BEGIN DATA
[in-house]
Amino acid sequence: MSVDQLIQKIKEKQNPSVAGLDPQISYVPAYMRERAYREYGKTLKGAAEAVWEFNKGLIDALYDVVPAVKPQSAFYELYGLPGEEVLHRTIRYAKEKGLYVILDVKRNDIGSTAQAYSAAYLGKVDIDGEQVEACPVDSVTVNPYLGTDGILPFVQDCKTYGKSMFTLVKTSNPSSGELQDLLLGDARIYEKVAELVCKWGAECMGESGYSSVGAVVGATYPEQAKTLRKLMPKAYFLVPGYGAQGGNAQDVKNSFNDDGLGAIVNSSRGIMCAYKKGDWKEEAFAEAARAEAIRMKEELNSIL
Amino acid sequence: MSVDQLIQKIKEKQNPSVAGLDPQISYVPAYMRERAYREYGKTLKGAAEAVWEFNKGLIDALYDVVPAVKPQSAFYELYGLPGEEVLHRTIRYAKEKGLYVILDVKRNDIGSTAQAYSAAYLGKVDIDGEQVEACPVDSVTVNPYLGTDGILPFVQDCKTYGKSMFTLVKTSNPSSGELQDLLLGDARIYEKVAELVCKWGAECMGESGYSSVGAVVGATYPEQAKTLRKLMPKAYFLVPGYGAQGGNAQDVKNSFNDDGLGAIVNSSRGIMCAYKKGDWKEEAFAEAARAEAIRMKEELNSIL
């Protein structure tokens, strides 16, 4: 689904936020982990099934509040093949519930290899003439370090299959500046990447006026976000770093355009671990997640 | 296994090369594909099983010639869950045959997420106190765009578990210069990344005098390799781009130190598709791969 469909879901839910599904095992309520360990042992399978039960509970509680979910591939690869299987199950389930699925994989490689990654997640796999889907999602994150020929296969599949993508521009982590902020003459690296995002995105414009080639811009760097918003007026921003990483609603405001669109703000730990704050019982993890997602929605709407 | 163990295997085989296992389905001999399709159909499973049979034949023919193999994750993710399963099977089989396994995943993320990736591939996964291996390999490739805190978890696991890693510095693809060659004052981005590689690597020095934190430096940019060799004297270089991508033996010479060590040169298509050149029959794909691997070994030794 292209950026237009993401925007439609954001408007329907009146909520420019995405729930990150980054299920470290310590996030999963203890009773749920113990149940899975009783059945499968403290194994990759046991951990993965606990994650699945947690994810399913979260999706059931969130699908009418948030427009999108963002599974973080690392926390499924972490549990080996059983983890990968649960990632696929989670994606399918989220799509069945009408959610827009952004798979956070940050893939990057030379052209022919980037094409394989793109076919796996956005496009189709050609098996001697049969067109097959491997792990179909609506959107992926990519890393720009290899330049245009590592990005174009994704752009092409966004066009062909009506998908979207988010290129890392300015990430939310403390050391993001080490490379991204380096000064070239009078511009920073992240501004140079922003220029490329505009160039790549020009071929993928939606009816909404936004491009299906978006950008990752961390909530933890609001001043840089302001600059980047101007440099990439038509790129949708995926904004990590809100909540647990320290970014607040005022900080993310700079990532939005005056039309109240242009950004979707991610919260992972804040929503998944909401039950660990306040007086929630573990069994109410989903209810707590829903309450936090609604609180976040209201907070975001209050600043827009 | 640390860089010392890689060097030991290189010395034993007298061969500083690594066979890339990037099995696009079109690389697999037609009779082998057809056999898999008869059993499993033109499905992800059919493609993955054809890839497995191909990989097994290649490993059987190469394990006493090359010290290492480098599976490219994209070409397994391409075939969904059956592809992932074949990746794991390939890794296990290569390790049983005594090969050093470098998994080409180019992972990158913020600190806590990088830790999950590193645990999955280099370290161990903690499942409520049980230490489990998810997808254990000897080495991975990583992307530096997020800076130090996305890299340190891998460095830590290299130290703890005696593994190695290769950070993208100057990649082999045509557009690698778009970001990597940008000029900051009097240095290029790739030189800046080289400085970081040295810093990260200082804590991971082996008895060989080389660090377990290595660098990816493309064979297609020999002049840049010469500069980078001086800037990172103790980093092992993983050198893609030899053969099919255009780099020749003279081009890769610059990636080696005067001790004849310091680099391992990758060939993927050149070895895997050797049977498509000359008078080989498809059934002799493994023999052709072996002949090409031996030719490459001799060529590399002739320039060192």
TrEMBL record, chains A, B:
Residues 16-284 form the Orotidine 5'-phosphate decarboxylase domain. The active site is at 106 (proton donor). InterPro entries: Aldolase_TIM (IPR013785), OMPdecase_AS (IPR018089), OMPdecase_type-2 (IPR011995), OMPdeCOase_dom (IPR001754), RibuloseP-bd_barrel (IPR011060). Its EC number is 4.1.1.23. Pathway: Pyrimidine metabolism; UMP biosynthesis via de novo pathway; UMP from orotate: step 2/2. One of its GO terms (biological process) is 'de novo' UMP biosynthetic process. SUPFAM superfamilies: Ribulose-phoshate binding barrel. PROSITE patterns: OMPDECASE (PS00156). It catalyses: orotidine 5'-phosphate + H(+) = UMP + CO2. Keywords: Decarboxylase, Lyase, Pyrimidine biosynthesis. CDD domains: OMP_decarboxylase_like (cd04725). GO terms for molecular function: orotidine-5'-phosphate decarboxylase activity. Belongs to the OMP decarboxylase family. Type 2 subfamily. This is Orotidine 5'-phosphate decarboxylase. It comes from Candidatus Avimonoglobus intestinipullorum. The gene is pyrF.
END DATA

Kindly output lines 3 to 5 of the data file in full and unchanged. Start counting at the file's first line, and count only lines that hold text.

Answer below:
Amino acid sequence: MSVDQLIQKIKEKQNPSVAGLDPQISYVPAYMRERAYREYGKTLKGAAEAVWEFNKGLIDALYDVVPAVKPQSAFYELYGLPGEEVLHRTIRYAKEKGLYVILDVKRNDIGSTAQAYSAAYLGKVDIDGEQVEACPVDSVTVNPYLGTDGILPFVQDCKTYGKSMFTLVKTSNPSSGELQDLLLGDARIYEKVAELVCKWGAECMGESGYSSVGAVVGATYPEQAKTLRKLMPKAYFLVPGYGAQGGNAQDVKNSFNDDGLGAIVNSSRGIMCAYKKGDWKEEAFAEAARAEAIRMKEELNSIL
């Protein structure tokens, strides 16, 4: 689904936020982990099934509040093949519930290899003439370090299959500046990447006026976000770093355009671990997640 | 296994090369594909099983010639869950045959997420106190765009578990210069990344005098390799781009130190598709791969 469909879901839910599904095992309520360990042992399978039960509970509680979910591939690869299987199950389930699925994989490689990654997640796999889907999602994150020929296969599949993508521009982590902020003459690296995002995105414009080639811009760097918003007026921003990483609603405001669109703000730990704050019982993890997602929605709407 | 163990295997085989296992389905001999399709159909499973049979034949023919193999994750993710399963099977089989396994995943993320990736591939996964291996390999490739805190978890696991890693510095693809060659004052981005590689690597020095934190430096940019060799004297270089991508033996010479060590040169298509050149029959794909691997070994030794 292209950026237009993401925007439609954001408007329907009146909520420019995405729930990150980054299920470290310590996030999963203890009773749920113990149940899975009783059945499968403290194994990759046991951990993965606990994650699945947690994810399913979260999706059931969130699908009418948030427009999108963002599974973080690392926390499924972490549990080996059983983890990968649960990632696929989670994606399918989220799509069945009408959610827009952004798979956070940050893939990057030379052209022919980037094409394989793109076919796996956005496009189709050609098996001697049969067109097959491997792990179909609506959107992926990519890393720009290899330049245009590592990005174009994704752009092409966004066009062909009506998908979207988010290129890392300015990430939310403390050391993001080490490379991204380096000064070239009078511009920073992240501004140079922003220029490329505009160039790549020009071929993928939606009816909404936004491009299906978006950008990752961390909530933890609001001043840089302001600059980047101007440099990439038509790129949708995926904004990590809100909540647990320290970014607040005022900080993310700079990532939005005056039309109240242009950004979707991610919260992972804040929503998944909401039950660990306040007086929630573990069994109410989903209810707590829903309450936090609604609180976040209201907070975001209050600043827009 | 640390860089010392890689060097030991290189010395034993007298061969500083690594066979890339990037099995696009079109690389697999037609009779082998057809056999898999008869059993499993033109499905992800059919493609993955054809890839497995191909990989097994290649490993059987190469394990006493090359010290290492480098599976490219994209070409397994391409075939969904059956592809992932074949990746794991390939890794296990290569390790049983005594090969050093470098998994080409180019992972990158913020600190806590990088830790999950590193645990999955280099370290161990903690499942409520049980230490489990998810997808254990000897080495991975990583992307530096997020800076130090996305890299340190891998460095830590290299130290703890005696593994190695290769950070993208100057990649082999045509557009690698778009970001990597940008000029900051009097240095290029790739030189800046080289400085970081040295810093990260200082804590991971082996008895060989080389660090377990290595660098990816493309064979297609020999002049840049010469500069980078001086800037990172103790980093092992993983050198893609030899053969099919255009780099020749003279081009890769610059990636080696005067001790004849310091680099391992990758060939993927050149070895895997050797049977498509000359008078080989498809059934002799493994023999052709072996002949090409031996030719490459001799060529590399002739320039060192």
TrEMBL record, chains A, B: